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Violence In The Media

Can We Learn Anything From The Recent Shooting In Colorado?

A shooting at the premiere of

Credit: Warner Brothers

Above: A shooting at the premiere of "The Dark Knight Rises" has reopened the debate about the impact of violent images in the media.

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The recent shooting at the Friday premiere of "The Dark Knight Rises" in Aurora, CO has raised questions yet again about the violence we see in our entertainment. Can the violent images readily available in the media influence people to commit violent acts or can the fantasy violence provide a catharsis for some individuals? Does the massacre say more about the violent entertainment we see or about gun control laws?

For Gerard Jones, author of the book "Killing Monsters: Why Children Need Fantasy, Superheroes and Make-Believe Violence," comic books like "The Incredible Hulk" helped him.

Publisher Weekly wrote about Jones' books: "Violent entertainment is good for kids, and demonizing it can do great harm to their emotional development, claims Jones (Honey, I'm Home!) in this provocative and groundbreaking work. Drawing on his experience as a parent and as a creator of children's cartoons, as well as interviews with dozens of psychologists and educators, Jones forcefully argues that violent video games, movies, music and comics provide a safe fantasy world within which children learn to become familiar with and control the frightening emotions of anger, violence and sexuality. He debunks studies linking violent media with violence in society and argues that children clearly understand the difference between pretend and reality. Providing realistic and helpful advice, Jones says parents need to learn to differentiate between what violent games mean to children and what they mean to adults, and to stop imposing their understanding of them on children. Adults may be horrified at the literal meaning of a video game, but children are far more interested in its emotional meaning; "through identifying with a fantasy figure who displays intense sexuality, wields destructive power, and exudes heroism, kids can help themselves feel more control over these forces." Jones speaks to adult fears of the power of popular culture and cautions that "entertainment has its greatest influence when it's speaking to something that isn't otherwise being addressed in a child's life." To lessen the impact, adults should "model nonaggression, empathy, respect, a clear distinction between fantasy and reality, and the integration of aggression and other scary feelings."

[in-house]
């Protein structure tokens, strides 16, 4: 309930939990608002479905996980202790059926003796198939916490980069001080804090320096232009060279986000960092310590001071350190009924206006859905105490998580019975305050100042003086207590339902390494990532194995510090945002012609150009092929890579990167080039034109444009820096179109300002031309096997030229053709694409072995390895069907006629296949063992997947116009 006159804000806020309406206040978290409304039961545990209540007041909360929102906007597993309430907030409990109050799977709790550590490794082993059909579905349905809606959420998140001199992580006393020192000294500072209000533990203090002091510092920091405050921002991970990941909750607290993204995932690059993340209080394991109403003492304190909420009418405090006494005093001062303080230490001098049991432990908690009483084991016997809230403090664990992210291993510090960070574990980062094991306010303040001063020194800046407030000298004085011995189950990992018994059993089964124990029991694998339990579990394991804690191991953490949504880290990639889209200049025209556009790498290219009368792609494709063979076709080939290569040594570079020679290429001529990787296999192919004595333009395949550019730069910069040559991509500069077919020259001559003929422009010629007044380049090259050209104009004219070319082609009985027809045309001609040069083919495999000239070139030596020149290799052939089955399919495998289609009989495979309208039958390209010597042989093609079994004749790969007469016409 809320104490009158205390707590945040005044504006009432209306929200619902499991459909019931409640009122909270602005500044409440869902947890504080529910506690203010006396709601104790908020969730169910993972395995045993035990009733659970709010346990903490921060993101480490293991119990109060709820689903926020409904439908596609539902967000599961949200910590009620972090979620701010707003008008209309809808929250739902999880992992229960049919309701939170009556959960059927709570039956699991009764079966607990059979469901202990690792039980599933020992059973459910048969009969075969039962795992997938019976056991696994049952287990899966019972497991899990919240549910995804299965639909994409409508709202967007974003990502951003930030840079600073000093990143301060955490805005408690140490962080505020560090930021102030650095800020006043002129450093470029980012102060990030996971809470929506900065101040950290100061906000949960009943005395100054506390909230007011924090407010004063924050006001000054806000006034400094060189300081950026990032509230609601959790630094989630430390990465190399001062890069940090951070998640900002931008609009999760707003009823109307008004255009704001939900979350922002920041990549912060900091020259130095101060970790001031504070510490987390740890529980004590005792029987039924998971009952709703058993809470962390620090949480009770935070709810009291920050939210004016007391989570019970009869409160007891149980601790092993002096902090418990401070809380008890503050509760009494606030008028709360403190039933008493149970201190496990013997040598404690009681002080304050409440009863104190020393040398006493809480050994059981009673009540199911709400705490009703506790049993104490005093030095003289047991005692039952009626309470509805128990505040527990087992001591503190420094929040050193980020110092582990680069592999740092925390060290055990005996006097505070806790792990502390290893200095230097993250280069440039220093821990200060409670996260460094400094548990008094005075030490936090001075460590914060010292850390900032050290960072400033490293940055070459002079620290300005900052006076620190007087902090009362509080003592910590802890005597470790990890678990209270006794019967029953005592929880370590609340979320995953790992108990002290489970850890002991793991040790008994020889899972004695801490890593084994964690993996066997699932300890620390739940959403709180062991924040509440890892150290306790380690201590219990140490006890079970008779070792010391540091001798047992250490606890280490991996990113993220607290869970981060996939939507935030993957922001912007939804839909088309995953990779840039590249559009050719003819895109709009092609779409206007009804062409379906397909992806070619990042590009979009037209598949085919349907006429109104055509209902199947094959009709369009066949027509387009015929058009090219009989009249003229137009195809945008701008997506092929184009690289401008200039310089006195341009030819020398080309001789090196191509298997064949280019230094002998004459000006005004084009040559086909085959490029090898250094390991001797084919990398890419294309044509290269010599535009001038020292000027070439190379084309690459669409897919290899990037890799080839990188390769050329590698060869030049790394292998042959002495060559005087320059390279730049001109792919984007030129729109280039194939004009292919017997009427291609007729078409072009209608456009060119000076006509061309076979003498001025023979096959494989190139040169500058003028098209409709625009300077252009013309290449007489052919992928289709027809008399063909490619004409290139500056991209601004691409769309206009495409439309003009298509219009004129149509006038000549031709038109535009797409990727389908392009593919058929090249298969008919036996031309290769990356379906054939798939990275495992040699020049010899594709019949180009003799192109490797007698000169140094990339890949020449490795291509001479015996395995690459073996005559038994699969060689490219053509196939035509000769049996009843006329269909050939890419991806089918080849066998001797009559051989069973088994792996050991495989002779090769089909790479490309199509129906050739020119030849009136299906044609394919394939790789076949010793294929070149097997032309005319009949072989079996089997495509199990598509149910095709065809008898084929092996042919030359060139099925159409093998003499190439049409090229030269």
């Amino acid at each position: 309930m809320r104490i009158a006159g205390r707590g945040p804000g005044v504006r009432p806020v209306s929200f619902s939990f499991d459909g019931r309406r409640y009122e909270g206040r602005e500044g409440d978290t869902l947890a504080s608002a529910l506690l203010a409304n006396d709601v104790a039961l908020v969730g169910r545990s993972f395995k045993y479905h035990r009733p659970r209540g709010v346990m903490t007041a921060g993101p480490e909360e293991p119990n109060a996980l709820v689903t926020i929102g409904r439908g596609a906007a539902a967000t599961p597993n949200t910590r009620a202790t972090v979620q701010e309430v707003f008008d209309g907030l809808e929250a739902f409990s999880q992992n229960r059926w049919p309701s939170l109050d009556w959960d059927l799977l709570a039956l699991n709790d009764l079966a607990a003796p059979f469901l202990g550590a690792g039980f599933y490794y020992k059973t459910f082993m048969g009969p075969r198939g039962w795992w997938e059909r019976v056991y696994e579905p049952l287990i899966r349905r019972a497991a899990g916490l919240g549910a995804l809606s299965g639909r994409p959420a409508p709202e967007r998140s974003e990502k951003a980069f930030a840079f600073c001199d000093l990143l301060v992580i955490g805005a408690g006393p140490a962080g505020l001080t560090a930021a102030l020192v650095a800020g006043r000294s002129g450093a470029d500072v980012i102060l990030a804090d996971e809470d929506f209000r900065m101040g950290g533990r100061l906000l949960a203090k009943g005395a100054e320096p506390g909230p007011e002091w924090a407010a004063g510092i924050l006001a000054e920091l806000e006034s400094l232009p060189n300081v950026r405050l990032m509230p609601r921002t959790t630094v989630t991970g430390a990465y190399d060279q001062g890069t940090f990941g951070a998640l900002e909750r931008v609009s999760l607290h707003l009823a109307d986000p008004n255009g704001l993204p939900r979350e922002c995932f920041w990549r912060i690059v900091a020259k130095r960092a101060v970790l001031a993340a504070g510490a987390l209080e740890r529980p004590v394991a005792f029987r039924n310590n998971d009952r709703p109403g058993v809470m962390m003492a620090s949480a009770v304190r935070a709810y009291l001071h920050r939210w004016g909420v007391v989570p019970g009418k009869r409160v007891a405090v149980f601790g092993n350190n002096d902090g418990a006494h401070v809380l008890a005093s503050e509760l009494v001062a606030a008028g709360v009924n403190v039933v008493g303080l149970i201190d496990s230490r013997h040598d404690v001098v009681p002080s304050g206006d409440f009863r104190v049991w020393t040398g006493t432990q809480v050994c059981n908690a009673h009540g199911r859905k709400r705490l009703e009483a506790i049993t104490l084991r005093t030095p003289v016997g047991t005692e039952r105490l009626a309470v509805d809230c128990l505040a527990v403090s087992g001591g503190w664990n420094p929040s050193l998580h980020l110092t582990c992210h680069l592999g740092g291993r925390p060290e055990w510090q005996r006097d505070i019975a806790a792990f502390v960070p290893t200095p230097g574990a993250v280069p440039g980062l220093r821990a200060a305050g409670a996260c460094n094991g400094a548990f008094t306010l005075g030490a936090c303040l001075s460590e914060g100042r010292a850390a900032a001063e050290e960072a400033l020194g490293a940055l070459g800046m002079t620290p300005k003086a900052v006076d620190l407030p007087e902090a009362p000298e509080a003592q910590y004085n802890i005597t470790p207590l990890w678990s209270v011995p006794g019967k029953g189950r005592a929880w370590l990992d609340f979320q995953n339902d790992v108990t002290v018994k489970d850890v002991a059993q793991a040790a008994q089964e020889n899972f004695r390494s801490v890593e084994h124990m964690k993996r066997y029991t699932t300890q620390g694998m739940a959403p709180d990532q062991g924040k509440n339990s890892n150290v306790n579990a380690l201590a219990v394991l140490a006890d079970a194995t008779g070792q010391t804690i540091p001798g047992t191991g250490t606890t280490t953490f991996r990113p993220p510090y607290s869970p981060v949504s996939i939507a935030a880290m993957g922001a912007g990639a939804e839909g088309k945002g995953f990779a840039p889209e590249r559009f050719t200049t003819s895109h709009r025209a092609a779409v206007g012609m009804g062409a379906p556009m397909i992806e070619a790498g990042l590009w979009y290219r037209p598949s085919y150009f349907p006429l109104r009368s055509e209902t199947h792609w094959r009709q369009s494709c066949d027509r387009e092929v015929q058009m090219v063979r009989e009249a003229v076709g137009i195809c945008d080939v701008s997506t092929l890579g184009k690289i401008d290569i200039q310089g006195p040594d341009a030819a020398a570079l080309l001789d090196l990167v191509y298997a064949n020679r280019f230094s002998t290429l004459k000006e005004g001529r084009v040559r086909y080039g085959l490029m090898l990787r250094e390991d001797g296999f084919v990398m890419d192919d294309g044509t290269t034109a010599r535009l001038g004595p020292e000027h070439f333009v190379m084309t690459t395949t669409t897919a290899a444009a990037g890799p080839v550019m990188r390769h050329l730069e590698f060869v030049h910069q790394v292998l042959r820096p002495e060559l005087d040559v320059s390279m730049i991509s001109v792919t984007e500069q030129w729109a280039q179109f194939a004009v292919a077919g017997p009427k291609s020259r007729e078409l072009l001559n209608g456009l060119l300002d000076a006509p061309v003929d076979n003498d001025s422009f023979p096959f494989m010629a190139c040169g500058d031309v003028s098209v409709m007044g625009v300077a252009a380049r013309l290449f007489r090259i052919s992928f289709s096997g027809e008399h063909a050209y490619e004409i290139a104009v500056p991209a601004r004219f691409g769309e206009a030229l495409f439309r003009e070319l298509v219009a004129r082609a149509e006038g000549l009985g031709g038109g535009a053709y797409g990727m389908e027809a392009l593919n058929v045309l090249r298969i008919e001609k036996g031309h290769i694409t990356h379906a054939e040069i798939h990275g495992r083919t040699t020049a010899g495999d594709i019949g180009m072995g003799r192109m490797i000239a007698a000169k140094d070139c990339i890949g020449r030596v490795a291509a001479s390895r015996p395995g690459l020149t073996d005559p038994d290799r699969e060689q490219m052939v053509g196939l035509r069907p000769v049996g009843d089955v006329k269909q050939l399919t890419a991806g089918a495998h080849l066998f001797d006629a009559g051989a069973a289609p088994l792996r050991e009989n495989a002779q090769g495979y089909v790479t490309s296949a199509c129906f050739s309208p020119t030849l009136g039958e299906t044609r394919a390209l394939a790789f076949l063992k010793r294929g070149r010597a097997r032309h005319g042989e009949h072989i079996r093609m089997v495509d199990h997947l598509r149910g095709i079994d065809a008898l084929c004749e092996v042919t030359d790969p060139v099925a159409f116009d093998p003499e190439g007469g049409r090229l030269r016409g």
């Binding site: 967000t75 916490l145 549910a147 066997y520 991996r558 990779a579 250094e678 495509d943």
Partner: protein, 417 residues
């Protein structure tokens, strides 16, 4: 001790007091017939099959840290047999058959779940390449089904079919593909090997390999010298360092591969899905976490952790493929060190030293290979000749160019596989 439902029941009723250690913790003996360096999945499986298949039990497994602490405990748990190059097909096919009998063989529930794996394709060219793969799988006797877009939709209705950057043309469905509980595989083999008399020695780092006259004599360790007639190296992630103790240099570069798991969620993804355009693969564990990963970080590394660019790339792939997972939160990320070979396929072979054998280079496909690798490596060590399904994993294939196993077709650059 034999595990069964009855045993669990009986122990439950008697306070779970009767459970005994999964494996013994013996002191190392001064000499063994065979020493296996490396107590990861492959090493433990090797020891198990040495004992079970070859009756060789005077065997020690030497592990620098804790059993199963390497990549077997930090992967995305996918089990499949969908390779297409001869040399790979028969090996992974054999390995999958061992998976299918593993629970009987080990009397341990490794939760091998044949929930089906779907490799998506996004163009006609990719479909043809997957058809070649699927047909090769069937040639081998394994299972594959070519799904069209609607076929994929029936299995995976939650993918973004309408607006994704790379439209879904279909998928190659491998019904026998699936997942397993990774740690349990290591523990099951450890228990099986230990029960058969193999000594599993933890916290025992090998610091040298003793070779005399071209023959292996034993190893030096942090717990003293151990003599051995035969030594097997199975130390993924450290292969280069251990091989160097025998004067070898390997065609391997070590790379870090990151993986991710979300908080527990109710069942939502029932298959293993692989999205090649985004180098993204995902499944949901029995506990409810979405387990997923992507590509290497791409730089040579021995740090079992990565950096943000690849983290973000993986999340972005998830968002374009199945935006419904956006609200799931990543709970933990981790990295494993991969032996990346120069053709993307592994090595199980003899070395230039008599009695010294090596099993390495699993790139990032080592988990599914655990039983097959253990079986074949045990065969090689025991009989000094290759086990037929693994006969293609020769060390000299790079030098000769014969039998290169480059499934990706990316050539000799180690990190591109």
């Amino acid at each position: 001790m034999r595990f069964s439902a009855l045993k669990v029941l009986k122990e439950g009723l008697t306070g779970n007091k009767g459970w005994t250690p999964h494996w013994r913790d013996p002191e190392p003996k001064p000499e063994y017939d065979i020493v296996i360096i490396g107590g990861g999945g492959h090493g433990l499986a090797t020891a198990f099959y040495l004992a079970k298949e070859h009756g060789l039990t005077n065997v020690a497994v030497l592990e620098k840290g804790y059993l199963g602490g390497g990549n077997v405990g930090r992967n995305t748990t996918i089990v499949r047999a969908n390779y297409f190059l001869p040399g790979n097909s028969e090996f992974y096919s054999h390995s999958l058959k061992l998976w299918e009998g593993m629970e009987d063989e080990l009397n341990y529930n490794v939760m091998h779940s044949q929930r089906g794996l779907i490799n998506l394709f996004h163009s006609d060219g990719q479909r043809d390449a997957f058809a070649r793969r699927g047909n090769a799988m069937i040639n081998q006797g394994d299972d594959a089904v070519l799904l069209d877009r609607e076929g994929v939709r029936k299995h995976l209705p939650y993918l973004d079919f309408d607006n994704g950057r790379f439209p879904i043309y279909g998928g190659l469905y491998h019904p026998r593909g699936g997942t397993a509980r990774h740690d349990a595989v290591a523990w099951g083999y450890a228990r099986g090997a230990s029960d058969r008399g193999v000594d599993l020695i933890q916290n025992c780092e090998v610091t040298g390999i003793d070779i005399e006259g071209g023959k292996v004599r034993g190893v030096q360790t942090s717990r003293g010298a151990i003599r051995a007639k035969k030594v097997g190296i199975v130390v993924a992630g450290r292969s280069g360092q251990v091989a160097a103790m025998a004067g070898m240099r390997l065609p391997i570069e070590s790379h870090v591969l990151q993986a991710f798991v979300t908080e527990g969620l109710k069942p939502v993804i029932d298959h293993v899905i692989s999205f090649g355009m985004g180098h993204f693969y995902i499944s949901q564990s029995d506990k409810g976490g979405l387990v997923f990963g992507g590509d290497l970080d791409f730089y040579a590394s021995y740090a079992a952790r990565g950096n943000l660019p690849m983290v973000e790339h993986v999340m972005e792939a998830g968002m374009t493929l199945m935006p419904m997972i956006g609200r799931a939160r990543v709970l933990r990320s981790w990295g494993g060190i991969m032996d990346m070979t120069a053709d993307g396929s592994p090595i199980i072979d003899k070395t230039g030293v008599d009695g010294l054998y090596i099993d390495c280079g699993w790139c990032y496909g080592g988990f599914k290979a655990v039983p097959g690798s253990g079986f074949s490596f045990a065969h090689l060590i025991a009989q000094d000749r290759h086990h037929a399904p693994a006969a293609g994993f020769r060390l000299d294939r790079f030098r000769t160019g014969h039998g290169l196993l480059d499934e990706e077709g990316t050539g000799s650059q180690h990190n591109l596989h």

Dr. Brad Bushman, professor of communication and psychology at The Ohio State University, feels differently. He weighed in last year on an analysis of competing videogame violence reports submitted to the Supreme Court, and was interviewed for Wired Science.

More recently Bushman was interviewed for NPR: "What we found is for people who were exposed to a lot of violent video games, their brains did not respond to the violent images. They were numb, if you will...Everybody was more aggressive if they'd played a violent game than if they'd played a nonviolent game, and the more numb they were, the more aggressive they were in terms of blasting their opponent with loud noise through headphones,"

At the very least, Bushman concludes that violent video games desensitize young people.

Dr. Joseph Scott suggests that the recent shooting says more about the need for better gun control laws than it does about the impact of violence in the media on people.

(NOTE: Gerard Jones was scheduled to be on the show but was traveling in Idaho and hit a no-cell phone zone just before the show.)

More On The Topic

American Psychological Association: Childhood Exposure to Media Violence Predicts Young Adult Aggressive Behavior, According to a New 15-Year Study

Longitudinal Relations Between Children’s Exposure to TV Violence and Their Aggressive and Violent Behavior in Young Adulthood: 1977–1992

Research On Effects Of The Media

Violent Media Is Good For Kids

Reality Bytes: Eight Myths About Video Games Debunked


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